BusinessDay

Education experts explain why 80% of students pass NECO

Education experts have said that it is not right to use the wide gap between the pass rates at the 2016 Senior Secondary School Certificate Examination (SSCE) administered by the West African Examination Council (WAEC) and the examinations organised by the National Examination Council (NECO), as a basis to determine the quality of students produced in both examinations.

Pai Obaya, chairman of Council of the West African Examinations Council (WAEC) and sits on the Committee of Experts of Education International (EI), in an emailed response to BusinesDAY enquiry said “the two tests have very little in common and are not comparable. The two examination bodies do not use the same examination syllabus and we are not sure that the same candidates wrote the two examinations under similar conditions”

Fifty-three percent of candidates who sat for the May/June SSC examination administered by the WAEC obtained five credits and above including English Language and Mathematics, whilst 80.16 percent of candidates who sat for an equivalent examination administered by the NECO obtained five credits including English Language and Mathematics.

These differences in pass rates have raised eyebrows and some concerned individuals have been asking to understand what these differences mean and say about the two examination bodies.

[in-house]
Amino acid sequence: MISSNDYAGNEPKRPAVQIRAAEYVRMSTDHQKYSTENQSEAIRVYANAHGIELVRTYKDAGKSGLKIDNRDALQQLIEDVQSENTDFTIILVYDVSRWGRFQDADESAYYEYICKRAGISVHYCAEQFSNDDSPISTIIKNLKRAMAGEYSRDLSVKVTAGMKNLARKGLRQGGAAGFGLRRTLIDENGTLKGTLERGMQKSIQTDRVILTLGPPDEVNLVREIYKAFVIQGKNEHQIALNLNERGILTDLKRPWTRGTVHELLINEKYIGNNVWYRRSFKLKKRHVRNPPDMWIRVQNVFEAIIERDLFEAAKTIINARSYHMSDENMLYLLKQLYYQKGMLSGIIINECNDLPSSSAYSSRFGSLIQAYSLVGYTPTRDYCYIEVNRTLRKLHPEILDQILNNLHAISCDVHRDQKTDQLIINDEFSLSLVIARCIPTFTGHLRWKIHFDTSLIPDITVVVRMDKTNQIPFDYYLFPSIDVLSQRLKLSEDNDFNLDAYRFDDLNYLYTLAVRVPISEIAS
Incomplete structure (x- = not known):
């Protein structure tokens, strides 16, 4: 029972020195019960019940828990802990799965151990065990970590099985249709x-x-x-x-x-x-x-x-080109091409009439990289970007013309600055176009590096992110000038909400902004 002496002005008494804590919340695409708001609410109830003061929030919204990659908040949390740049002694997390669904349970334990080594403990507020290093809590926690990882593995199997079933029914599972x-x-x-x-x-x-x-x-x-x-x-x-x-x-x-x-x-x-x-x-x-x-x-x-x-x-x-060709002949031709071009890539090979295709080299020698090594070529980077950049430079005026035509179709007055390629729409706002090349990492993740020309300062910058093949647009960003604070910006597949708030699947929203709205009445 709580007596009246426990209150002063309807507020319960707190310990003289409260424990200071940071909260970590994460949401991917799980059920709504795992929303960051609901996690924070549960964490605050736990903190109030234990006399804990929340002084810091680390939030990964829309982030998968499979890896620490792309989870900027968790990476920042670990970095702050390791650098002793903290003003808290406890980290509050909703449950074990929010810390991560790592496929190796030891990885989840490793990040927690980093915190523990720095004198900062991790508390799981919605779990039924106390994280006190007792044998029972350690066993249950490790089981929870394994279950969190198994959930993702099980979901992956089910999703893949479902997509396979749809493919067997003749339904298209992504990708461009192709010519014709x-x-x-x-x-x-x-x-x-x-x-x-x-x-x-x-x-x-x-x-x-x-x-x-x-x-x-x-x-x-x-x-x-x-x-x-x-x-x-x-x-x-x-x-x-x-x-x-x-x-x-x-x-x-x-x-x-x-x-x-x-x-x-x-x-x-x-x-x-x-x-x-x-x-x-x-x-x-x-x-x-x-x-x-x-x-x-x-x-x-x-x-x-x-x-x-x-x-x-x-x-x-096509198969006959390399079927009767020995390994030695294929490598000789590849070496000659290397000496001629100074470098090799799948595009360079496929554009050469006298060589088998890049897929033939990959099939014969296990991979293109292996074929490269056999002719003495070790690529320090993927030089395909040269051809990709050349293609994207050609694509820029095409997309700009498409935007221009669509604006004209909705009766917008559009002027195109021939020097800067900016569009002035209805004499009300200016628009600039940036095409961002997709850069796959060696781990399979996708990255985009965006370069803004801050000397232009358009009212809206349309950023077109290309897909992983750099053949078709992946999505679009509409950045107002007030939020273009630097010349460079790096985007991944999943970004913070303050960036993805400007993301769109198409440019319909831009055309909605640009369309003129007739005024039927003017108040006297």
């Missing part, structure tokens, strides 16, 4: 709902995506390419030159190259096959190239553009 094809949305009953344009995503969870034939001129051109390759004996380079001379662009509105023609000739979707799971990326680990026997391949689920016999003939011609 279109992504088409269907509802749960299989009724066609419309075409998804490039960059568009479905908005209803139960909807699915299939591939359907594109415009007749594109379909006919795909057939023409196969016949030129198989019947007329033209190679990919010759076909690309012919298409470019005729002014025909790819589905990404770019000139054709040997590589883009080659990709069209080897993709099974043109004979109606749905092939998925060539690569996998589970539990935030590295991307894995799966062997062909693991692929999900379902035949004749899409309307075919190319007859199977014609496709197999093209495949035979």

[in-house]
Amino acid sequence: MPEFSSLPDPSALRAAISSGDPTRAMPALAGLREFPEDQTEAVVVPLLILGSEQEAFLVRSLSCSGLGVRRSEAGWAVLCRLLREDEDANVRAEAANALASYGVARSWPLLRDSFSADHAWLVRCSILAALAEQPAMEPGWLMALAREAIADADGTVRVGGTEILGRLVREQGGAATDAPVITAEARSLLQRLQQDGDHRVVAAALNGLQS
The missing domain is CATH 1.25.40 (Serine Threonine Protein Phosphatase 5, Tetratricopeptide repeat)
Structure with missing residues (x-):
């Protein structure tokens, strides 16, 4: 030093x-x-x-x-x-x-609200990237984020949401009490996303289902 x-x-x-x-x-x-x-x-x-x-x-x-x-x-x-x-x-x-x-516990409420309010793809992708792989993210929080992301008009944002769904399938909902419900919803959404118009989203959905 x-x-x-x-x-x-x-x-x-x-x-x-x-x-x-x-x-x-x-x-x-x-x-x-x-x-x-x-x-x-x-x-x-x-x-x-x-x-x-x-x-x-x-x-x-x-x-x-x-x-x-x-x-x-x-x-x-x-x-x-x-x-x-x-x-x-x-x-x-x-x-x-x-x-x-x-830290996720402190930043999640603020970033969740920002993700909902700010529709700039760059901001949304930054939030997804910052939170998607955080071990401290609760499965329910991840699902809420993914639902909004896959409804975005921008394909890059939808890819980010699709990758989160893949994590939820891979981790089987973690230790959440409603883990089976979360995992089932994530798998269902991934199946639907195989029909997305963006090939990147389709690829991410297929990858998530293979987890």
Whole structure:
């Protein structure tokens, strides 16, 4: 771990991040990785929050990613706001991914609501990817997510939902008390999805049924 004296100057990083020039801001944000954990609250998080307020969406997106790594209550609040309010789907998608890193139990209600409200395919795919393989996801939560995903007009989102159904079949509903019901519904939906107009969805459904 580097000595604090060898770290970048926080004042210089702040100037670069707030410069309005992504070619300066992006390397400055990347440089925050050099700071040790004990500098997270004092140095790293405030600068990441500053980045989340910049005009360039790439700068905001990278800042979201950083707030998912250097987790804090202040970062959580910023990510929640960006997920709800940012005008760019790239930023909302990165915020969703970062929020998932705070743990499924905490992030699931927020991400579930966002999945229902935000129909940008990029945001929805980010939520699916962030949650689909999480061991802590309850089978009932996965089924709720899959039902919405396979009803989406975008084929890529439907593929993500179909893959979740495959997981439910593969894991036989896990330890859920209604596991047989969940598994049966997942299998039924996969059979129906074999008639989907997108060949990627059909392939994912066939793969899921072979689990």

“We need to put this in perspective. It might appear that one examination is cheaper because it has more pass rates or that the other is better because it has less pass rates but this position would be mistaken. Recall that five, six years ago WAEC had a better pass rate than NECO. Now, did that make the latter a more efficient examination body and the former a less efficient one? The answer is clearly no. There are more factors at play than many would bother to investigate” said Oludotun Sotunde, Head Quality Assurance Secondary at Chrisland Schools Limited.

A comparative overview of the candidates’ performance in both examinations would reveal some emerging patterns. In 2010 the pass rate was 23.36 percent for the WAEC and 2 percent for the NECO. In 2011, it was 30.9 percent for WAEC and 11.3 percent for the NECO; in 2012 it was 38.81 percent and 69.63 percent respectively. In 2013 it was 64.26 percent for the WAEC and 52 percent for  NECO.

Also in 2014 had it was 31.28 percent for the WAEC and 68.5 percent for NECO, while in 2015, the pass rate was 59.61 percent for WAEC and 52.29 percent for  NECO and finally in 2016, the WAEC had 53 percent pass rate and the NECO 80.16 percent.

Sotunde explained that the NECO started with mass failure of candidates but the pass rates got better over time with rising concerns and complaints from stakeholders. One thing that could account for these improvements in performance over the years is that students after the WAEC especially in recent times tend to work harder to make sure they make up for whatever shortfalls they might have noticed during their WAEC SSC examination. “Other factors to pay attention to are syllabus, marking guide and examiners” he added.

Ike Mowete’s, a professor of Electrical and Electronics engineering at the University of Lagos, supported Sotunde’s view. He said a comparison of both examination bodies based on pass rates alone could be misleading because the syllabus might be different, quality of examiners and the nature of question papers.

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